I guess if the food at one point in the chain is too expensive you just throw that guy in jail. And if the food at the next step up is too expensive, you throw that guy in jail. And the next. Until you get to the person actually creating the food, and when he says he can't make it that cheaply, you just throw him in jail.

      Then I'm sure Hugo will start growing it himself in his backyard for everyone.

  2. It's funny, Obama has made very similar statements to most of Chavez' in the past year, just on a much larger scale. Two peas in a pod.

  3. And the odds of this story being talked about in the U.S. old media are slim to none, unless Chris Matthews decided to praise Chavez' for locking up any businessman who wanted to make a profit instead of giving his services away. I guess I'm surprised a little to see it printed here! Good for you Macleans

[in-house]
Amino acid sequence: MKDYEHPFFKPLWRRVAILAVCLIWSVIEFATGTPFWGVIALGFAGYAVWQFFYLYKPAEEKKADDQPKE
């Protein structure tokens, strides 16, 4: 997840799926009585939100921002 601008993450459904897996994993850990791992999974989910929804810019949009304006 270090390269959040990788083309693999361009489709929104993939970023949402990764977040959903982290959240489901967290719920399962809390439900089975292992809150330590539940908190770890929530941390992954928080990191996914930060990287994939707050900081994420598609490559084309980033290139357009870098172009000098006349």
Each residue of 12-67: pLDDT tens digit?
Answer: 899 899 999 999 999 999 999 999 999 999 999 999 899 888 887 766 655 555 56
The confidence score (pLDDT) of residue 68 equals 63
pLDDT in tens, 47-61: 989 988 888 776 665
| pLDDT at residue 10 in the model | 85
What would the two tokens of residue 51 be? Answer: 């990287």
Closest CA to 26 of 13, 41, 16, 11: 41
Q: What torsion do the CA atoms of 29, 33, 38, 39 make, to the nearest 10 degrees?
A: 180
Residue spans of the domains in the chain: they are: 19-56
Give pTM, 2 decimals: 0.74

4. Ah, the stench of socialism. State owned companies never function efficiently. The only one to blame here is Chavez himself.

  5. The farmers may end up in jail yet, the food can be traced back to them.

    • BRAVO!!

  6. Every time I think private enterprise is a complete screw-up, I just have to look at government-run enterprise to reassure myself.

    Chavez's approach of blaming everything but his statist policies even though the industry in question is state run would be comical if it wasn't so sad. It actually reminds me a bit of another statist politician (granted, far more constrained) whose policies have led to huge unemployment, but who insists that it would have been far worse if his policies hadn't been enacted. "Jobs created or saved" is the phrase that comes to mind.

  7. I wonder if anyone here who praises Chávez has ever been to Venezuela….what a bunch of crap

  8. Hugo Chavez = typical, stupid, violent, incompetent, useless Communist retard.

    Tip for Canadian lefties: his mug shot on a t-shirt could be a great addition to your wardrobe, why limit yourself to just Che Guevera!

  9. It's good Chávez didn't take over the Sahara. Nothing much would have happened for the first couple of years and then there would have been a shortage of sand.